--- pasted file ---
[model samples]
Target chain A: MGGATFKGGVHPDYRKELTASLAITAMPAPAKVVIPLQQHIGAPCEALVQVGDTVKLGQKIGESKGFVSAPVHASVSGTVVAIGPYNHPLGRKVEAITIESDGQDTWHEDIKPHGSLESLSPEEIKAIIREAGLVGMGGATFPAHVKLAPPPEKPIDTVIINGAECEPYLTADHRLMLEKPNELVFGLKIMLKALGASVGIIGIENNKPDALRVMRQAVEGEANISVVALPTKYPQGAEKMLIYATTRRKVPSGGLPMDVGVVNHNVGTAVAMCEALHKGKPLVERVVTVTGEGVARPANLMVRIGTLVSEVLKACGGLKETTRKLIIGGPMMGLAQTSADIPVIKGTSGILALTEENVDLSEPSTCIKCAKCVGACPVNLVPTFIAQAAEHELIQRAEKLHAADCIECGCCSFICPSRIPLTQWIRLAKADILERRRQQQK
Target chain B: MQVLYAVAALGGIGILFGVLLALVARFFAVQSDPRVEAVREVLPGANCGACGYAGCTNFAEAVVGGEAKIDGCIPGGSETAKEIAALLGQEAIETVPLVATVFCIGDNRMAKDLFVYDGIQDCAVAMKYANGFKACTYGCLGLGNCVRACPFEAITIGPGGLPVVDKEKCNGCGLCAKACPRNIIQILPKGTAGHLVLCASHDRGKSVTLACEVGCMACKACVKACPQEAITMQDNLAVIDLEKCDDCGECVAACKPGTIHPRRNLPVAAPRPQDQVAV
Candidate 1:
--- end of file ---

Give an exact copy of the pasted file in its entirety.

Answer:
[model samples]
Target chain A: MGGATFKGGVHPDYRKELTASLAITAMPAPAKVVIPLQQHIGAPCEALVQVGDTVKLGQKIGESKGFVSAPVHASVSGTVVAIGPYNHPLGRKVEAITIESDGQDTWHEDIKPHGSLESLSPEEIKAIIREAGLVGMGGATFPAHVKLAPPPEKPIDTVIINGAECEPYLTADHRLMLEKPNELVFGLKIMLKALGASVGIIGIENNKPDALRVMRQAVEGEANISVVALPTKYPQGAEKMLIYATTRRKVPSGGLPMDVGVVNHNVGTAVAMCEALHKGKPLVERVVTVTGEGVARPANLMVRIGTLVSEVLKACGGLKETTRKLIIGGPMMGLAQTSADIPVIKGTSGILALTEENVDLSEPSTCIKCAKCVGACPVNLVPTFIAQAAEHELIQRAEKLHAADCIECGCCSFICPSRIPLTQWIRLAKADILERRRQQQK
Target chain B: MQVLYAVAALGGIGILFGVLLALVARFFAVQSDPRVEAVREVLPGANCGACGYAGCTNFAEAVVGGEAKIDGCIPGGSETAKEIAALLGQEAIETVPLVATVFCIGDNRMAKDLFVYDGIQDCAVAMKYANGFKACTYGCLGLGNCVRACPFEAITIGPGGLPVVDKEKCNGCGLCAKACPRNIIQILPKGTAGHLVLCASHDRGKSVTLACEVGCMACKACVKACPQEAITMQDNLAVIDLEKCDDCGECVAACKPGTIHPRRNLPVAAPRPQDQVAV
Candidate 1: